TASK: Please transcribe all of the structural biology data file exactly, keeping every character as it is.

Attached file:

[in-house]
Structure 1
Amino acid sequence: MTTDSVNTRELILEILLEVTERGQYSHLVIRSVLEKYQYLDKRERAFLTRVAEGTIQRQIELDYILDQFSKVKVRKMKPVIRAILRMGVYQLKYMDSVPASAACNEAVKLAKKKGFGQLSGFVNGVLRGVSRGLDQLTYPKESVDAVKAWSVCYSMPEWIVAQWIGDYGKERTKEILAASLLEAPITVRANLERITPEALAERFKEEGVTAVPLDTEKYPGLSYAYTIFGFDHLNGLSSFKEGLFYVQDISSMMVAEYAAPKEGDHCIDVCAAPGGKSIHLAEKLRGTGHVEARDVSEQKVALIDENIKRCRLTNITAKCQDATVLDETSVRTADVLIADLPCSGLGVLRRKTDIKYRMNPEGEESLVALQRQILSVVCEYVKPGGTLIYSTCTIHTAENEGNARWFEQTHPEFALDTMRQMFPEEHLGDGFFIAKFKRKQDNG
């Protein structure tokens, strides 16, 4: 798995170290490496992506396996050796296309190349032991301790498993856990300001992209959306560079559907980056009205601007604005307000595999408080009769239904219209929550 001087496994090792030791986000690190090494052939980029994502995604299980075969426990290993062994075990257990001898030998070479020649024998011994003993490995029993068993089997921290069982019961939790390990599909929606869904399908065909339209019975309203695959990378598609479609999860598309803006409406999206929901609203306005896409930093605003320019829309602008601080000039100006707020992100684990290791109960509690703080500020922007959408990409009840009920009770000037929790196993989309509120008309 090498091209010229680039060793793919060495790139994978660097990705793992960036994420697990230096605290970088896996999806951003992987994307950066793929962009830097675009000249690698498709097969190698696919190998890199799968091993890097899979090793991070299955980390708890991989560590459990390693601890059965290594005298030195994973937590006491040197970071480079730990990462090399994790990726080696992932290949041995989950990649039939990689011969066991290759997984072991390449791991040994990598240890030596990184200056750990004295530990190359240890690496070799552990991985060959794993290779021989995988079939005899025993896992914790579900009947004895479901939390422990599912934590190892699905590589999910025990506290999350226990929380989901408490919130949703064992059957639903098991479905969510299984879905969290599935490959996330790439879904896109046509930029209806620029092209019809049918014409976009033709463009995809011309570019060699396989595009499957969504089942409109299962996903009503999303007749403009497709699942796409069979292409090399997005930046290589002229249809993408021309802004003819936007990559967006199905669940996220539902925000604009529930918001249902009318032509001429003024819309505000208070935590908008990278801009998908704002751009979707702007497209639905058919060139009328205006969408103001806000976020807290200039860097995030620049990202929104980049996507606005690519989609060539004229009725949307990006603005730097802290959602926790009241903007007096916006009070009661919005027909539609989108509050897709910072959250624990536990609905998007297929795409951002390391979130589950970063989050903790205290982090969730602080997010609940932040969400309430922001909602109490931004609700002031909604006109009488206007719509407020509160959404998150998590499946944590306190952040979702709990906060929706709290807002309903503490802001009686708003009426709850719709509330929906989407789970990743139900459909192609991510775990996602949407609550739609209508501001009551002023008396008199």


[in-house]
Structure 1
Amino acid sequence: MTTDSVNTRELILEILLEVTERGQYSHLVIRSVLEKYQYLDKRERAFLTRVAEGTIQRQIELDYILDQFSKVKVRKMKPVIRAILRMGVYQLKYMDSVPASAACNEAVKLAKKKGFGQLSGFVNGVLRGVSRGLDQLTYPKESVDAVKAWSVCYSMPEWIVAQWIGDYGKERTKEILAASLLEAPITVRANLERITPEALAERFKEEGVTAVPLDTEKYPGLSYAYTIFGFDHLNGLSSFKEGLFYVQDISSMMVAEYAAPKEGDHCIDVCAAPGGKSIHLAEKLRGTGHVEARDVSEQKVALIDENIKRCRLTNITAKCQDATVLDETSVRTADVLIADLPCSGLGVLRRKTDIKYRMNPEGEESLVALQRQILSVVCEYVKPGGTLIYSTCTIHTAENEGNARWFEQTHPEFALDTMRQMFPEEHLGDGFFIAKFKRKQDNG
């Protein structure tokens, strides 16, 4: 798995170290490496992506396996050796296309190349032991301790498993856990300001992209959306560079559907980056009205601007604005307000595999408080009769239904219209929550 001087496994090792030791986000690190090494052939980029994502995604299980075969426990290993062994075990257990001898030998070479020649024998011994003993490995029993068993089997921290069982019961939790390990599909929606869904399908065909339209019975309203695959990378598609479609999860598309803006409406999206929901609203306005896409930093605003320019829309602008601080000039100006707020992100684990290791109960509690703080500020922007959408990409009840009920009770000037929790196993989309509120008309 090498091209010229680039060793793919060495790139994978660097990705793992960036994420697990230096605290970088896996999806951003992987994307950066793929962009830097675009000249690698498709097969190698696919190998890199799968091993890097899979090793991070299955980390708890991989560590459990390693601890059965290594005298030195994973937590006491040197970071480079730990990462090399994790990726080696992932290949041995989950990649039939990689011969066991290759997984072991390449791991040994990598240890030596990184200056750990004295530990190359240890690496070799552990991985060959794993290779021989995988079939005899025993896992914790579900009947004895479901939390422990599912934590190892699905590589999910025990506290999350226990929380989901408490919130949703064992059957639903098991479905969510299984879905969290599935490959996330790439879904896109046509930029209806620029092209019809049918014409976009033709463009995809011309570019060699396989595009499957969504089942409109299962996903009503999303007749403009497709699942796409069979292409090399997005930046290589002229249809993408021309802004003819936007990559967006199905669940996220539902925000604009529930918001249902009318032509001429003024819309505000208070935590908008990278801009998908704002751009979707702007497209639905058919060139009328205006969408103001806000976020807290200039860097995030620049990202929104980049996507606005690519989609060539004229009725949307990006603005730097802290959602926790009241903007007096916006009070009661919005027909539609989108509050897709910072959250624990536990609905998007297929795409951002390391979130589950970063989050903790205290982090969730602080997010609940932040969400309430922001909602109490931004609700002031909604006109009488206007719509407020509160959404998150998590499946944590306190952040979702709990906060929706709290807002309903503490802001009686708003009426709850719709509330929906989407789970990743139900459909192609991510775990996602949407609550739609209508501001009551002023008396008199």